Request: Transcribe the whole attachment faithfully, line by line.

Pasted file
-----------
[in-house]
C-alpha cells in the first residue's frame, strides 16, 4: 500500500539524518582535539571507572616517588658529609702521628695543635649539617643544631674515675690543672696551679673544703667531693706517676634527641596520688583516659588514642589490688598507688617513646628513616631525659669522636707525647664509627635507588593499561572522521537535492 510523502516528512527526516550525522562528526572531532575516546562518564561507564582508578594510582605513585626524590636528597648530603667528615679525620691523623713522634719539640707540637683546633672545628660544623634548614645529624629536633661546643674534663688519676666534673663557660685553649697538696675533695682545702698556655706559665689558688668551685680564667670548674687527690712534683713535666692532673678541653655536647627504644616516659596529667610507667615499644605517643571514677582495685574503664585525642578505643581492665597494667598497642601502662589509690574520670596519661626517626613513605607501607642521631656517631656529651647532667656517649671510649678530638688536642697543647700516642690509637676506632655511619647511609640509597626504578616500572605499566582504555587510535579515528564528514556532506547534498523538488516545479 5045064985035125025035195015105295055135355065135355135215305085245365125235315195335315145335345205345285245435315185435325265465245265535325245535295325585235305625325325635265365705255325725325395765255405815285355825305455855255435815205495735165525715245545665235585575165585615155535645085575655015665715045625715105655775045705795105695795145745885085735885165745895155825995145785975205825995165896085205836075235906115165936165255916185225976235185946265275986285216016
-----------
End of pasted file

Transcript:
[in-house]
C-alpha cells in the first residue's frame, strides 16, 4: 500500500539524518582535539571507572616517588658529609702521628695543635649539617643544631674515675690543672696551679673544703667531693706517676634527641596520688583516659588514642589490688598507688617513646628513616631525659669522636707525647664509627635507588593499561572522521537535492 510523502516528512527526516550525522562528526572531532575516546562518564561507564582508578594510582605513585626524590636528597648530603667528615679525620691523623713522634719539640707540637683546633672545628660544623634548614645529624629536633661546643674534663688519676666534673663557660685553649697538696675533695682545702698556655706559665689558688668551685680564667670548674687527690712534683713535666692532673678541653655536647627504644616516659596529667610507667615499644605517643571514677582495685574503664585525642578505643581492665597494667598497642601502662589509690574520670596519661626517626613513605607501607642521631656517631656529651647532667656517649671510649678530638688536642697543647700516642690509637676506632655511619647511609640509597626504578616500572605499566582504555587510535579515528564528514556532506547534498523538488516545479 5045064985035125025035195015105295055135355065135355135215305085245365125235315195335315145335345205345285245435315185435325265465245265535325245535295325585235305625325325635265365705255325725325395765255405815285355825305455855255435815205495735165525715245545665235585575165585615155535645085575655015665715045625715105655775045705795105695795145745885085735885165745895155825995145785975205825995165896085205836075235906115165936165255916185225976235185946265275986285216016